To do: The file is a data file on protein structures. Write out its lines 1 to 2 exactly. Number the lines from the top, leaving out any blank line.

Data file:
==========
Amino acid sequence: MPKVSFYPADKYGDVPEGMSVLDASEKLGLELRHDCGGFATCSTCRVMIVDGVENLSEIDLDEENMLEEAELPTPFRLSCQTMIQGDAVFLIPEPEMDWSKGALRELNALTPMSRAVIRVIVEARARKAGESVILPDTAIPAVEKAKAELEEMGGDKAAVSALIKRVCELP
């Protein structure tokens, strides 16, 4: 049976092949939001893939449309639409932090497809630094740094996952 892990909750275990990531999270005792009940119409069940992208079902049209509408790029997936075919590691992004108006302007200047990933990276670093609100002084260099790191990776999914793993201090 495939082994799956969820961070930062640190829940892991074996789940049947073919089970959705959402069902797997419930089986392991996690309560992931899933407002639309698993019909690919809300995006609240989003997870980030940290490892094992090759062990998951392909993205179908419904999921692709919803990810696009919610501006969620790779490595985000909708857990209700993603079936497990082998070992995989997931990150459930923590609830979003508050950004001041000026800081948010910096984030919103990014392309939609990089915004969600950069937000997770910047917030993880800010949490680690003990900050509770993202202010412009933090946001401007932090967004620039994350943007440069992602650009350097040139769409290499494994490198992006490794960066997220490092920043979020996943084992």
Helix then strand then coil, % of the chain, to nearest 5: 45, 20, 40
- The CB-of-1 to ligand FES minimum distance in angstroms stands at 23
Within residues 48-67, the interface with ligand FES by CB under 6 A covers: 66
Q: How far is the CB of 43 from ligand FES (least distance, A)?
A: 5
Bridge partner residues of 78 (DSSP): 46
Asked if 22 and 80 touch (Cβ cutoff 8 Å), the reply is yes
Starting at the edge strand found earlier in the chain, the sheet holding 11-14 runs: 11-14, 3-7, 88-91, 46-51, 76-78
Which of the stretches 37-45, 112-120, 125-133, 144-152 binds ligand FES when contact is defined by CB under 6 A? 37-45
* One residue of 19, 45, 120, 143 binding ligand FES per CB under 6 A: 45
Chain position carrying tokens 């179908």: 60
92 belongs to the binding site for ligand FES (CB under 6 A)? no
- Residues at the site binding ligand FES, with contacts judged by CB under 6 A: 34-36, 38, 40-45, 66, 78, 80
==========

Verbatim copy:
Amino acid sequence: MPKVSFYPADKYGDVPEGMSVLDASEKLGLELRHDCGGFATCSTCRVMIVDGVENLSEIDLDEENMLEEAELPTPFRLSCQTMIQGDAVFLIPEPEMDWSKGALRELNALTPMSRAVIRVIVEARARKAGESVILPDTAIPAVEKAKAELEEMGGDKAAVSALIKRVCELP
């Protein structure tokens, strides 16, 4: 049976092949939001893939449309639409932090497809630094740094996952 892990909750275990990531999270005792009940119409069940992208079902049209509408790029997936075919590691992004108006302007200047990933990276670093609100002084260099790191990776999914793993201090 495939082994799956969820961070930062640190829940892991074996789940049947073919089970959705959402069902797997419930089986392991996690309560992931899933407002639309698993019909690919809300995006609240989003997870980030940290490892094992090759062990998951392909993205179908419904999921692709919803990810696009919610501006969620790779490595985000909708857990209700993603079936497990082998070992995989997931990150459930923590609830979003508050950004001041000026800081948010910096984030919103990014392309939609990089915004969600950069937000997770910047917030993880800010949490680690003990900050509770993202202010412009933090946001401007932090967004620039994350943007440069992602650009350097040139769409290499494994490198992006490794960066997220490092920043979020996943084992």